This July 4th chemistry lesson celebrates America and ends up being a red, white and blue display of density layers. (Note: Kerosene lamp oil is toxic and flammable. Because this experiment includes using kerosene lamp oil, adult supervision is required.)

Here's what you'll need:
  • Milk
  • Red Kerosene Lamp Oil (Sold at your local home improvement store)
  • Light Corn Syrup
  • Blue Food Coloring
  • Clear column or cup
Here's how you'll do it:
  1. Mix blue food coloring into the corn syrup until the desired color is attained.
  2. Slowly pour the same amount of the colored corn syrup, kerosene lamp oil and milk (in any order you wish) into a clear column or cup. Here's a hint: You get minimal mixing by slowly pouring each liquid over the back of a disposable plastic spoon.
  3. Now observe and enjoy! The most dense liquid is at the bottom of the column or cup and the least dense liquid is at the top. Were you predictions about the order of the colors correct?!
To make the density column more exciting, light the top layer (the lamp oil) on fire!

*Fuel kerosene is also sometimes available in a blue color, so if this is what you have, use it and just make the light corn syrup red with food coloring.

Check out this video for a demonstration of a patriotic density column. 
This woman makes her's in a shot glass!

Friday, June 28, 2013

Summer Science Experiment: Mystery Markers!

Summer heat is officially taking over. Since your youngsters can't spend all day outside, bring them inside and embrace their inquisitive side with another summer time experiment that you can do right inside your kitchen. Even better, you'll enjoy this experiment as much as your kids will.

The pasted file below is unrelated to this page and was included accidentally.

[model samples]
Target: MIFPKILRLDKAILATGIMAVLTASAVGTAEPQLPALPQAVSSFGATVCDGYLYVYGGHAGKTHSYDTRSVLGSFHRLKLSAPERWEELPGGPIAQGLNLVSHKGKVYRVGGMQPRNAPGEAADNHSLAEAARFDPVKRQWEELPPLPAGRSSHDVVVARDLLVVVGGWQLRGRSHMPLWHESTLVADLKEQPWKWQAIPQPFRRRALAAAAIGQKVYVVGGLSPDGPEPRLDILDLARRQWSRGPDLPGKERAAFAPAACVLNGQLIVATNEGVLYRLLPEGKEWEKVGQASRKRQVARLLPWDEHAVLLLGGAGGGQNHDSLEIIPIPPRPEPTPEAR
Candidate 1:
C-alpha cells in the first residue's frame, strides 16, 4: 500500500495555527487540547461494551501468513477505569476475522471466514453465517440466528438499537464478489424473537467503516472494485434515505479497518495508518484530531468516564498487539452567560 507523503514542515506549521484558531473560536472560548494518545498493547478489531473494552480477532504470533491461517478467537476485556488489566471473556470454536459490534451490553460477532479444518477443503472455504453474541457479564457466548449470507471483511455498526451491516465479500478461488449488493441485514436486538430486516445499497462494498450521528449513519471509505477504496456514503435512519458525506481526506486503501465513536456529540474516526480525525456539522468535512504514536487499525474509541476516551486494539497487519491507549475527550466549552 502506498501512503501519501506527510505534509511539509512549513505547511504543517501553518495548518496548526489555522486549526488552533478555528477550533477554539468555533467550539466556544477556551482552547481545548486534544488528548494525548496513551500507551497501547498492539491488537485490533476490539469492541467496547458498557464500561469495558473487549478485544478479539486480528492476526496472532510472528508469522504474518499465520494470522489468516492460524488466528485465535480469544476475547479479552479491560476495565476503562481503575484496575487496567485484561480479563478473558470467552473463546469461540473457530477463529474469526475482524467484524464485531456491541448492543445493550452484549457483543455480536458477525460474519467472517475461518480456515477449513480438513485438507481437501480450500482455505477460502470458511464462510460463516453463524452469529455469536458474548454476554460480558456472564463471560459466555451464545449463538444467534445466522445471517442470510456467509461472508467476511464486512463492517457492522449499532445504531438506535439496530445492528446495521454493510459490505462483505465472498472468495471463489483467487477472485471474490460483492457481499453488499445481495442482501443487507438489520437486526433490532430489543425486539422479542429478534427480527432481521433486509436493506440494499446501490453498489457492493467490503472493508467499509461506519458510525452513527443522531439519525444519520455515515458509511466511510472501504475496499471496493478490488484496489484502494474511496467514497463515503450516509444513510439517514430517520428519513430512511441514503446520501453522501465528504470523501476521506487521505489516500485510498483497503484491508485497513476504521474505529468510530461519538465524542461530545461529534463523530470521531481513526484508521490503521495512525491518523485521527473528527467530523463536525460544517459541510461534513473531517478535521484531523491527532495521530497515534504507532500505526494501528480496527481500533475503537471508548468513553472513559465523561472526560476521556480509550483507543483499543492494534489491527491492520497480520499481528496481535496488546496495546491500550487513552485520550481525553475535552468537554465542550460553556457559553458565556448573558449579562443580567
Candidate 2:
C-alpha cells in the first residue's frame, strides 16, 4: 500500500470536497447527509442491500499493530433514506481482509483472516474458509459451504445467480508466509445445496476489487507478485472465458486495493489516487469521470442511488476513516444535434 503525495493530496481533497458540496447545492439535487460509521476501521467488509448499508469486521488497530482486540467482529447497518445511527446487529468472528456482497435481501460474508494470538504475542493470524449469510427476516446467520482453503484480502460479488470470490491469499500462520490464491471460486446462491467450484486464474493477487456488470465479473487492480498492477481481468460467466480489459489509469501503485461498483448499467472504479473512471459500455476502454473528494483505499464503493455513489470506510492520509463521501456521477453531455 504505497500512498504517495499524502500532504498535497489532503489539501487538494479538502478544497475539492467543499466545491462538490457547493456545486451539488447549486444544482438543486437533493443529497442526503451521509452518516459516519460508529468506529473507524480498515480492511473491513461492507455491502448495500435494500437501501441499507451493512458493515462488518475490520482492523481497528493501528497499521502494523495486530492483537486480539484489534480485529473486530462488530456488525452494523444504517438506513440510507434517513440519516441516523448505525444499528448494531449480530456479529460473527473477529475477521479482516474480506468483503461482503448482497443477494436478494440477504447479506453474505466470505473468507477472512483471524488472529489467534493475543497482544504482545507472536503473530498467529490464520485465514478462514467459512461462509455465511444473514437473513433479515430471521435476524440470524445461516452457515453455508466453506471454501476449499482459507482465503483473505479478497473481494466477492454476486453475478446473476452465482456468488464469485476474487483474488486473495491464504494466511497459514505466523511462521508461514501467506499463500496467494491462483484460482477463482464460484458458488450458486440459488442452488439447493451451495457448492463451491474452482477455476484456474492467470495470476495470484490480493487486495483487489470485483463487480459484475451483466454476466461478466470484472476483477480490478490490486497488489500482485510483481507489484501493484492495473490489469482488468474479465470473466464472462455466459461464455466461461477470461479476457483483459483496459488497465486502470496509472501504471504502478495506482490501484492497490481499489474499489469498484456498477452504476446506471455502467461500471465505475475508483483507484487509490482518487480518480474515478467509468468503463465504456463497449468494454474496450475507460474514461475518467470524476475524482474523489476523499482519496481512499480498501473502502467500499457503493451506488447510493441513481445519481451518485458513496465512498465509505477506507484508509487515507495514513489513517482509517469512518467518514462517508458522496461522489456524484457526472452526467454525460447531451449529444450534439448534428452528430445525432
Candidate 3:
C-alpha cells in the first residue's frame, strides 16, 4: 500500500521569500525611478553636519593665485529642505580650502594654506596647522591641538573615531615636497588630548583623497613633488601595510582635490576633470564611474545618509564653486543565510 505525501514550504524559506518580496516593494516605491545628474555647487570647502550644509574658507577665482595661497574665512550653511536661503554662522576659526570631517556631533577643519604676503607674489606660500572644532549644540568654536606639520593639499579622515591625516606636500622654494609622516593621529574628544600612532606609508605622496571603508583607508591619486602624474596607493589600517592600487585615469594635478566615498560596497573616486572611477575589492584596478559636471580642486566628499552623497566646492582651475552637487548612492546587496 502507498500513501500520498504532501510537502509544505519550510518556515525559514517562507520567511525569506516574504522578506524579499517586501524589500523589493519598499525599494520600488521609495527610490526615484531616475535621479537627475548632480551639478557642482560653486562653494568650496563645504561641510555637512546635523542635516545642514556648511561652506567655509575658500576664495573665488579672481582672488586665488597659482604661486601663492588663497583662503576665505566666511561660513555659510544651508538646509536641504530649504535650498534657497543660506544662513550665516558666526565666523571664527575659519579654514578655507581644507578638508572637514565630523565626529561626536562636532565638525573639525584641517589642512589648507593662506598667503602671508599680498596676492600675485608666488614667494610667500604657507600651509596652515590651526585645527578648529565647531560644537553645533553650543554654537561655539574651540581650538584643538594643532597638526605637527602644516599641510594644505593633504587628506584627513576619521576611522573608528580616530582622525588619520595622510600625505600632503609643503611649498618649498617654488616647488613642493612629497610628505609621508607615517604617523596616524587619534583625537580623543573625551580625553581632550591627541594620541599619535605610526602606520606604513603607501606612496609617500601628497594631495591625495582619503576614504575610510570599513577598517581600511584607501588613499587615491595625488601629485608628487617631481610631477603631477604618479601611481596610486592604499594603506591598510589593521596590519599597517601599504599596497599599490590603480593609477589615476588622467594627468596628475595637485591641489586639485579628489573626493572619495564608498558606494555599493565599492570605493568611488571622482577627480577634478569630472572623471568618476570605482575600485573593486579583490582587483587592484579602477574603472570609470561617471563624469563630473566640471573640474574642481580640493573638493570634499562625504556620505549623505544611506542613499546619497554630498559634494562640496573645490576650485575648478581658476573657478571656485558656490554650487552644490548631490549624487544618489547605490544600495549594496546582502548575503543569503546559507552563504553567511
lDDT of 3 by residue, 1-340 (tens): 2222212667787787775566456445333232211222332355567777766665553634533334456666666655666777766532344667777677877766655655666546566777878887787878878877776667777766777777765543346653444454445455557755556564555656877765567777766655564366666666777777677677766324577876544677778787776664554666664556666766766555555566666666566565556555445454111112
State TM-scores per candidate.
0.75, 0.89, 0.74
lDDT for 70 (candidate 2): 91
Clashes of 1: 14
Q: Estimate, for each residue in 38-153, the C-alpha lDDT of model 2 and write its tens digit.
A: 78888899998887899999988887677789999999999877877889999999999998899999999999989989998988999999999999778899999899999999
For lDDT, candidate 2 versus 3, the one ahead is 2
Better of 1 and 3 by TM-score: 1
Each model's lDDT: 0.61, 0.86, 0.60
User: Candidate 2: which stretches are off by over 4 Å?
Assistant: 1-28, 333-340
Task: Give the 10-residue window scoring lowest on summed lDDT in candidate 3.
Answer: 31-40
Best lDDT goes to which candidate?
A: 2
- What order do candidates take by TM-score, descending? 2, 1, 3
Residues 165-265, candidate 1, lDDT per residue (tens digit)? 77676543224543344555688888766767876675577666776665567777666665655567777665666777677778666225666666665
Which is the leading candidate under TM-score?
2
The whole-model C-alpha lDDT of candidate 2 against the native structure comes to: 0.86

Here's what you'll need:
  • Bowl of water
  • Plain white paper towels, cut into strips
  • 3 or more different markers, including black (non-primary colors work best)
When you have all your materials together, get started!
  1. Draw a wavy line an inch from the bottom of each towel strip, using different color markers on each one. Make sure you note which color is on which strip.
  2. Dip each strip in to the water so that the bottom edge of the paper towel is submerged, but not the line of marker ink. Hold the strip in place as the water creeps up the paper towel.
  3. The marker ink will spread, revealing the different types of dye that make up each color. The young minds around you will this it's magic!
The lesson here is that most colors are actually made up of several different colors or dyes. Science-ly speaking:  as the paper towel draws the water out of the bowl, the water molecules bond with the different ink molecules and spread them. The process of separating these dyes is known as chromatography. 

To make it really interesting, have your young scientist cover up their eyes while you draw a line on a fresh paper towel strip. Dip it in the water and, once the ink has spread, have them open their eyes and try to guess which marker you used!

Thursday, June 27, 2013

Indiana Making STEM Count

Earlier this month, Bob Rivers told Louisa Murzyn of that if there was a silver lining to business innovation in Indiana during rough economic times it would stepping up STEM. "Our businesses have sounded an alarm because they have to hire people from our of state," the Director of the Center for Science and Technology Education at Purdue University Calumet relayed to Murzyn.

Creating a pipeline of strong STEM students is easier said than done, though. The U.S. Department of Labor cites that only five percent of U.S. workers are employed in STEM fields despite the fact that they are responsible for more than 50 percent of sustained economic expansion. To go even deeper, STEM careers have garnered 26 percent more earnings than their non-STEM counterparts.